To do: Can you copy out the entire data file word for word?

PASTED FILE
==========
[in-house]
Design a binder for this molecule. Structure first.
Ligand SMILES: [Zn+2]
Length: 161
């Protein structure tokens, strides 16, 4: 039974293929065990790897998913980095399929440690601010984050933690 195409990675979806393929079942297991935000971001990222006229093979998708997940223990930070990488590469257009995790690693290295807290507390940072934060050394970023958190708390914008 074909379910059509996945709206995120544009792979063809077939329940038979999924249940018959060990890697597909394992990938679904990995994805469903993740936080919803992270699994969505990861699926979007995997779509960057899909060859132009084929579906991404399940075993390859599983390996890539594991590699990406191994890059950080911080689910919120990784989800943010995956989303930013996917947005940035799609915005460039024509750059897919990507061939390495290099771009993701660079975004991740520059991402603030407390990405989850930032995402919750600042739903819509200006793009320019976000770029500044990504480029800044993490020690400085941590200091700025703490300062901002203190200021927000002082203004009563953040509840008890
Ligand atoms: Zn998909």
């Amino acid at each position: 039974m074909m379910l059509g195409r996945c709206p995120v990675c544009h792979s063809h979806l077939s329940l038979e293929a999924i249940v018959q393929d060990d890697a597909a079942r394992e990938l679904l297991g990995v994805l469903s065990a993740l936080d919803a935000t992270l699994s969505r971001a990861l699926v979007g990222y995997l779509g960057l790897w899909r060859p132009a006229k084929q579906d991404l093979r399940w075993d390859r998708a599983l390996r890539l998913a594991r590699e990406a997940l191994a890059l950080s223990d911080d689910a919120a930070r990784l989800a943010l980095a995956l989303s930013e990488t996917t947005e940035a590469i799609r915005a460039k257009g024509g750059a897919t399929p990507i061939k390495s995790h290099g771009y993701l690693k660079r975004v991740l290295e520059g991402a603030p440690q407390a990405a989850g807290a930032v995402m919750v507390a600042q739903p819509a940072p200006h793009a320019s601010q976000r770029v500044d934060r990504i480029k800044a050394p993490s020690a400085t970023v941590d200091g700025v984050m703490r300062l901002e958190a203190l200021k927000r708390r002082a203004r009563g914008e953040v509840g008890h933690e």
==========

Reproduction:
[in-house]
Design a binder for this molecule. Structure first.
Ligand SMILES: [Zn+2]
Length: 161
């Protein structure tokens, strides 16, 4: 039974293929065990790897998913980095399929440690601010984050933690 195409990675979806393929079942297991935000971001990222006229093979998708997940223990930070990488590469257009995790690693290295807290507390940072934060050394970023958190708390914008 074909379910059509996945709206995120544009792979063809077939329940038979999924249940018959060990890697597909394992990938679904990995994805469903993740936080919803992270699994969505990861699926979007995997779509960057899909060859132009084929579906991404399940075993390859599983390996890539594991590699990406191994890059950080911080689910919120990784989800943010995956989303930013996917947005940035799609915005460039024509750059897919990507061939390495290099771009993701660079975004991740520059991402603030407390990405989850930032995402919750600042739903819509200006793009320019976000770029500044990504480029800044993490020690400085941590200091700025703490300062901002203190200021927000002082203004009563953040509840008890
Ligand atoms: Zn998909």
């Amino acid at each position: 039974m074909m379910l059509g195409r996945c709206p995120v990675c544009h792979s063809h979806l077939s329940l038979e293929a999924i249940v018959q393929d060990d890697a597909a079942r394992e990938l679904l297991g990995v994805l469903s065990a993740l936080d919803a935000t992270l699994s969505r971001a990861l699926v979007g990222y995997l779509g960057l790897w899909r060859p132009a006229k084929q579906d991404l093979r399940w075993d390859r998708a599983l390996r890539l998913a594991r590699e990406a997940l191994a890059l950080s223990d911080d689910a919120a930070r990784l989800a943010l980095a995956l989303s930013e990488t996917t947005e940035a590469i799609r915005a460039k257009g024509g750059a897919t399929p990507i061939k390495s995790h290099g771009y993701l690693k660079r975004v991740l290295e520059g991402a603030p440690q407390a990405a989850g807290a930032v995402m919750v507390a600042q739903p819509a940072p200006h793009a320019s601010q976000r770029v500044d934060r990504i480029k800044a050394p993490s020690a400085t970023v941590d200091g700025v984050m703490r300062l901002e958190a203190l200021k927000r708390r002082a203004r009563g914008e953040v509840g008890h933690e």